Harsh conditions, back-breaking work, treacherous terrain, and an uncharted path. That is what twenty-seven men volunteered for on Lewis and Clark's Expedition to the Pacific Ocean in 1804. The twenty-eighth man, called York, did not choose to go. Enslaved people did not have choices. Yet, York's contributions were essential to the mission's success.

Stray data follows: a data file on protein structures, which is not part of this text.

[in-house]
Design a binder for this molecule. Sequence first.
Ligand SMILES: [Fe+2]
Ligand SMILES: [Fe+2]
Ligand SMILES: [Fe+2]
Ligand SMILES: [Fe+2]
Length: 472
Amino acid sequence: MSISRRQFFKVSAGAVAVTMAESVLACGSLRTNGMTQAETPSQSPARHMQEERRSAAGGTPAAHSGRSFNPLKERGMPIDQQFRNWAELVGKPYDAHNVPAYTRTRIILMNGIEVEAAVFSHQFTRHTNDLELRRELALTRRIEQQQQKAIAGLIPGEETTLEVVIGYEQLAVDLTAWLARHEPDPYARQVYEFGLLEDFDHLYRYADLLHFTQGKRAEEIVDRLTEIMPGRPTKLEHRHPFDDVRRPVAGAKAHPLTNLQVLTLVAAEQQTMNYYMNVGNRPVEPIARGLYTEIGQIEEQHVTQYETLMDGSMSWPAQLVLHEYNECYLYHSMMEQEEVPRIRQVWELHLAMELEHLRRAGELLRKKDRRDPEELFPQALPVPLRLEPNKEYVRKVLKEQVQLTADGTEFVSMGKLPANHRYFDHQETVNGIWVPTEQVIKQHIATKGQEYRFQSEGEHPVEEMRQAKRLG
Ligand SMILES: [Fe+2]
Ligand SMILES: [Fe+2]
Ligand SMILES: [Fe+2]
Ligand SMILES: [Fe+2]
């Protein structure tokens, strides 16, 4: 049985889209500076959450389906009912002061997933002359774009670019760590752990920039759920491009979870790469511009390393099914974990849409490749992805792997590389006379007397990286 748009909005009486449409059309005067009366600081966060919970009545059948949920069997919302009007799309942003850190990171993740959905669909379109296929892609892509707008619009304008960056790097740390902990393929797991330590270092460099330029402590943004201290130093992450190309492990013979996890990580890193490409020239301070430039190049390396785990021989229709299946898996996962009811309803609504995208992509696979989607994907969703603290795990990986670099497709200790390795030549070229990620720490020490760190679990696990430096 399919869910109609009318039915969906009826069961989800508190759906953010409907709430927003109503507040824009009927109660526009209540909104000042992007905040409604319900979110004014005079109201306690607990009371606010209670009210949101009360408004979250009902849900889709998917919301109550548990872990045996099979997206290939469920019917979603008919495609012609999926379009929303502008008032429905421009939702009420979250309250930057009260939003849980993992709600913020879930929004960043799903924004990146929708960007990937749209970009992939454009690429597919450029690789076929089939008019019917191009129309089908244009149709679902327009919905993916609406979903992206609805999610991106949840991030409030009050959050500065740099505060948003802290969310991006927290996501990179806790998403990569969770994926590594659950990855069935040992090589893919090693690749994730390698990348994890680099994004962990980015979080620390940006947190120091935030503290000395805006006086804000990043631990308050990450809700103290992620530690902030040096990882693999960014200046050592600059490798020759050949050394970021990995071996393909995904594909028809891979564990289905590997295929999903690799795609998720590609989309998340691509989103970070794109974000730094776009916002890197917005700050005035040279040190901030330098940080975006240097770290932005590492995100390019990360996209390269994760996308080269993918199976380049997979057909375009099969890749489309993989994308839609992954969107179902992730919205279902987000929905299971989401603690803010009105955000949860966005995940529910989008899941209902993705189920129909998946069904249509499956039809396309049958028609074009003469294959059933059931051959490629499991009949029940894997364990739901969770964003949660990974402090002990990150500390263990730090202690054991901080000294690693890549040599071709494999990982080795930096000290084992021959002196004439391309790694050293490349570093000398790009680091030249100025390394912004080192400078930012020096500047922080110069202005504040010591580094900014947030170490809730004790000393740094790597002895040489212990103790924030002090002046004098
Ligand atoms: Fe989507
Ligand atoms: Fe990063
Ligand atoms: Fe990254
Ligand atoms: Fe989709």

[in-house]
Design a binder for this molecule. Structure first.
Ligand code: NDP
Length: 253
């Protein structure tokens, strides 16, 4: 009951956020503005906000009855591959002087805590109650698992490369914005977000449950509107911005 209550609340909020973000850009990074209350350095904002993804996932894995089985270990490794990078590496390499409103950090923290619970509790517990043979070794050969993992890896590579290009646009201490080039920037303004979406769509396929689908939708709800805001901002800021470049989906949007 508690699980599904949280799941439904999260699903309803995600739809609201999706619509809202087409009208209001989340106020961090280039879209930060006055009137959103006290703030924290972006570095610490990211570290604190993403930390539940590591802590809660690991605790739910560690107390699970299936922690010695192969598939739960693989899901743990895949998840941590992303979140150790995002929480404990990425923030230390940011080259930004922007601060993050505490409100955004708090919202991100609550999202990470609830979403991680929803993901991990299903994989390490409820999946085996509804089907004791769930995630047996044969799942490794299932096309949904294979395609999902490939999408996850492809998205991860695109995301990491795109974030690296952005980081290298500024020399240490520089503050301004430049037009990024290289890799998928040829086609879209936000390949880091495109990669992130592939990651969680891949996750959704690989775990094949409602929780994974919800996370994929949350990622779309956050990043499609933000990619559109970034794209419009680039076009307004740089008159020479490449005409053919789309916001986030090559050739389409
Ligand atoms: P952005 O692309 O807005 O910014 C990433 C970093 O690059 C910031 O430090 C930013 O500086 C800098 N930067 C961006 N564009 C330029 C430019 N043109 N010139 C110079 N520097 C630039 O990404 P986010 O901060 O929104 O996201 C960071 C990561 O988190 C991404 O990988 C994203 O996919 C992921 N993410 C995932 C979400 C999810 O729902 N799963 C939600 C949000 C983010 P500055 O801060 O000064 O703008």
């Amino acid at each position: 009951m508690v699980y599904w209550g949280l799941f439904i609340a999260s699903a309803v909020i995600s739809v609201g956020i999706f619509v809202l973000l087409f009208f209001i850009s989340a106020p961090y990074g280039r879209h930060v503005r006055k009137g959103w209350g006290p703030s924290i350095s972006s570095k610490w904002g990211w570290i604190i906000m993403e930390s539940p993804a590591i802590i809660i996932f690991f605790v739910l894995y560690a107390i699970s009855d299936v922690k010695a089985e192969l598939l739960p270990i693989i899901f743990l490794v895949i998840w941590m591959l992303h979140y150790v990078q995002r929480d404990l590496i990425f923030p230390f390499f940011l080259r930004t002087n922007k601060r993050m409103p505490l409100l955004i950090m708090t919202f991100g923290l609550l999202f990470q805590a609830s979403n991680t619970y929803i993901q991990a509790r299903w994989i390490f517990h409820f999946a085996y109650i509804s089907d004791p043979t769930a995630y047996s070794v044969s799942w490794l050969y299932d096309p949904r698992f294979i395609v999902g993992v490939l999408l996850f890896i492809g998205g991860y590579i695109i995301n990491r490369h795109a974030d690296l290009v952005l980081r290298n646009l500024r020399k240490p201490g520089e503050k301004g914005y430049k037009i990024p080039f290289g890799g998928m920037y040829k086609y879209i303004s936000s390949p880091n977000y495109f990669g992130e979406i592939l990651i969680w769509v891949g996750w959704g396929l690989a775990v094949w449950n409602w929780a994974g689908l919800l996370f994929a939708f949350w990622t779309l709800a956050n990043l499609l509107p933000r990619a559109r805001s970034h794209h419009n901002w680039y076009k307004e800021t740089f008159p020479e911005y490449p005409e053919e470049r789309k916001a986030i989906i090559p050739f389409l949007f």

Meriwether Lewis and William Clark came to rely on York's judgement, determination, and peacemaking role with the American Indian nations they encountered on their trek. But as York's independence and esteem rose throughout the journey, a question remained: What would his fate be at the end of the successful expedition?